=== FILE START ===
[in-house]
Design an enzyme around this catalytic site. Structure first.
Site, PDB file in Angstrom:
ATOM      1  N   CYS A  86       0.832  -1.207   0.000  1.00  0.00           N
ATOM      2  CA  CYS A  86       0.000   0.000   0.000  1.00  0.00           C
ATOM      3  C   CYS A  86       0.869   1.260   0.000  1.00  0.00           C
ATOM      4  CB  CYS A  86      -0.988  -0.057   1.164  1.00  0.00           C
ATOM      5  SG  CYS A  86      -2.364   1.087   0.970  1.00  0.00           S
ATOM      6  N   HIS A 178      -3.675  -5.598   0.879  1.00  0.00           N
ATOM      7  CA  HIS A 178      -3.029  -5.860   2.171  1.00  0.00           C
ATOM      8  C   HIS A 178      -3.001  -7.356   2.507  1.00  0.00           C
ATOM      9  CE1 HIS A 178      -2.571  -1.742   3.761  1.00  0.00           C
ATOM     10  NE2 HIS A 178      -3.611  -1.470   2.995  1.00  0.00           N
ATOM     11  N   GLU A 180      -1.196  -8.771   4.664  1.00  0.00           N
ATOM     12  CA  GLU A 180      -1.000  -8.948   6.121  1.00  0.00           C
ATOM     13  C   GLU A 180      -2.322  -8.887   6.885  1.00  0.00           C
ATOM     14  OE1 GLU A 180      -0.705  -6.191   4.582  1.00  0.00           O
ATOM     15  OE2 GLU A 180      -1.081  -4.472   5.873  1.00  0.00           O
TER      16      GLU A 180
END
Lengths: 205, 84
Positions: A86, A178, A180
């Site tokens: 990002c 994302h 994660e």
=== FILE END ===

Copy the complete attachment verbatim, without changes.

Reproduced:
[in-house]
Design an enzyme around this catalytic site. Structure first.
Site, PDB file in Angstrom:
ATOM      1  N   CYS A  86       0.832  -1.207   0.000  1.00  0.00           N
ATOM      2  CA  CYS A  86       0.000   0.000   0.000  1.00  0.00           C
ATOM      3  C   CYS A  86       0.869   1.260   0.000  1.00  0.00           C
ATOM      4  CB  CYS A  86      -0.988  -0.057   1.164  1.00  0.00           C
ATOM      5  SG  CYS A  86      -2.364   1.087   0.970  1.00  0.00           S
ATOM      6  N   HIS A 178      -3.675  -5.598   0.879  1.00  0.00           N
ATOM      7  CA  HIS A 178      -3.029  -5.860   2.171  1.00  0.00           C
ATOM      8  C   HIS A 178      -3.001  -7.356   2.507  1.00  0.00           C
ATOM      9  CE1 HIS A 178      -2.571  -1.742   3.761  1.00  0.00           C
ATOM     10  NE2 HIS A 178      -3.611  -1.470   2.995  1.00  0.00           N
ATOM     11  N   GLU A 180      -1.196  -8.771   4.664  1.00  0.00           N
ATOM     12  CA  GLU A 180      -1.000  -8.948   6.121  1.00  0.00           C
ATOM     13  C   GLU A 180      -2.322  -8.887   6.885  1.00  0.00           C
ATOM     14  OE1 GLU A 180      -0.705  -6.191   4.582  1.00  0.00           O
ATOM     15  OE2 GLU A 180      -1.081  -4.472   5.873  1.00  0.00           O
TER      16      GLU A 180
END
Lengths: 205, 84
Positions: A86, A178, A180
């Site tokens: 990002c 994302h 994660e």